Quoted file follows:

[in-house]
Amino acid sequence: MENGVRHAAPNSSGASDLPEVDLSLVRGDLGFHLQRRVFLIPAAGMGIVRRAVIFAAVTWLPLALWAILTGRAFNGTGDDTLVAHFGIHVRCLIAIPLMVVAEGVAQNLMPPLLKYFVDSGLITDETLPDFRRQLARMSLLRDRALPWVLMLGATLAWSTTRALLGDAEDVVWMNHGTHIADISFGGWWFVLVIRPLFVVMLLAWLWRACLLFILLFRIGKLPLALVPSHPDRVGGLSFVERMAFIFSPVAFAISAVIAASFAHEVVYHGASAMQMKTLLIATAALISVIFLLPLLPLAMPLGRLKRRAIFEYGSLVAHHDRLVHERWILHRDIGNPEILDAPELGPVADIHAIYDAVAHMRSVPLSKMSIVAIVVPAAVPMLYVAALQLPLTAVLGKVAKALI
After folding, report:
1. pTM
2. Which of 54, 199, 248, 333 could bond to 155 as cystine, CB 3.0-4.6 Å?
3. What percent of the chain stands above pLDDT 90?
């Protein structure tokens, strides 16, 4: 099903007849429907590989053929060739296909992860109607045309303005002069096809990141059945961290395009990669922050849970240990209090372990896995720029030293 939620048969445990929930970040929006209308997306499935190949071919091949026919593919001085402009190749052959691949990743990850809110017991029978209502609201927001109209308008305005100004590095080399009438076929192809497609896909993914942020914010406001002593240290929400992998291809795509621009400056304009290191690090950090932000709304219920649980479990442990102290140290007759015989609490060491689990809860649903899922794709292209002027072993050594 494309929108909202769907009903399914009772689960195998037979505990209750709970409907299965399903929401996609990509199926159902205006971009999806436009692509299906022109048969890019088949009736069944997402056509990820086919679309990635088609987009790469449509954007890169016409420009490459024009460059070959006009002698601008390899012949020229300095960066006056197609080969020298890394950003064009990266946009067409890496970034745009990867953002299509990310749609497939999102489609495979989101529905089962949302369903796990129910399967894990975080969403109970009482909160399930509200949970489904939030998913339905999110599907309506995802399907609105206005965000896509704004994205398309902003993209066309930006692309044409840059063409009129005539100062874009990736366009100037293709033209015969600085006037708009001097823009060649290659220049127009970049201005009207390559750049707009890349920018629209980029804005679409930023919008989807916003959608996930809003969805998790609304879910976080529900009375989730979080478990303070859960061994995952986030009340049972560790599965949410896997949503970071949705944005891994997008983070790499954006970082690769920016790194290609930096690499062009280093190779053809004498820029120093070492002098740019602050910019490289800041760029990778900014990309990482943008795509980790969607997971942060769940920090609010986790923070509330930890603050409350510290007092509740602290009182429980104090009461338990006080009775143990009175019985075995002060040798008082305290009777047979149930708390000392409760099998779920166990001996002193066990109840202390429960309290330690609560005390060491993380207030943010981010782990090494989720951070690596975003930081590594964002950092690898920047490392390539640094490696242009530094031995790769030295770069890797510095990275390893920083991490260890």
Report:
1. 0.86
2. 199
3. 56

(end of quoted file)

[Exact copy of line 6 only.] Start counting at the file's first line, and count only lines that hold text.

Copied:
3. What percent of the chain stands above pLDDT 90?